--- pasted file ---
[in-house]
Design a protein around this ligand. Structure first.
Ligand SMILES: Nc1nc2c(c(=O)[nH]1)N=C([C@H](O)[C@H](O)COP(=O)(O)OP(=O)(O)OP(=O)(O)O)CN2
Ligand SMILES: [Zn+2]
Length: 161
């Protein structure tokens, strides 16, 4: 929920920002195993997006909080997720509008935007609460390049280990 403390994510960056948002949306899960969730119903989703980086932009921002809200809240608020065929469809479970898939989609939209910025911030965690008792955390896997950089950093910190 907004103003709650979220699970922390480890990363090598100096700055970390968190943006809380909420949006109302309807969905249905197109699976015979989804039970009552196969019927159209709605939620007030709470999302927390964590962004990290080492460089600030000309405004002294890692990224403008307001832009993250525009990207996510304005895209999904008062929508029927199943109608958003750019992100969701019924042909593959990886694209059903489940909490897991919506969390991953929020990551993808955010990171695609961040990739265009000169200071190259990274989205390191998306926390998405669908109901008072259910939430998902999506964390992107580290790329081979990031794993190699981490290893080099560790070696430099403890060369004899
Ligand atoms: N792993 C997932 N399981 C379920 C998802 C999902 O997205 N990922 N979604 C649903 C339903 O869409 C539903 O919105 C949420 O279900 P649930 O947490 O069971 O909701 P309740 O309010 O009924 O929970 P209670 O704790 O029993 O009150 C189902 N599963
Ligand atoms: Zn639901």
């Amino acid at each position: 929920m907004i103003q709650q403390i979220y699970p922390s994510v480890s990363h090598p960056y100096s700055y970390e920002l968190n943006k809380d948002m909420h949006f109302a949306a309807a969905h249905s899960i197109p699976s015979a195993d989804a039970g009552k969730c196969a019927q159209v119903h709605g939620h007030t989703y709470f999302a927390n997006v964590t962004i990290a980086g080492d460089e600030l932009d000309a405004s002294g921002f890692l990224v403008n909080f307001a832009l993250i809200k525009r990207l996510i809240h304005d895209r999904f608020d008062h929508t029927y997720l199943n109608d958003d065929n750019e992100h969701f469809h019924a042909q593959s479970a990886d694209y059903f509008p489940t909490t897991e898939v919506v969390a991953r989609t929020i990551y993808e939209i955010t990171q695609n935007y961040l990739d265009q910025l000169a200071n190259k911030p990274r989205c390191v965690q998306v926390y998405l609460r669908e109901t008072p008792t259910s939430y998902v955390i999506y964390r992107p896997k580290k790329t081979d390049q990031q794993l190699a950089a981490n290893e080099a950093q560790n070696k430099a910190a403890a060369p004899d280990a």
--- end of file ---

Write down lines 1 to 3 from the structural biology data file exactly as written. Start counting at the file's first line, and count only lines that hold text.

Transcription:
[in-house]
Design a protein around this ligand. Structure first.
Ligand SMILES: Nc1nc2c(c(=O)[nH]1)N=C([C@H](O)[C@H](O)COP(=O)(O)OP(=O)(O)OP(=O)(O)O)CN2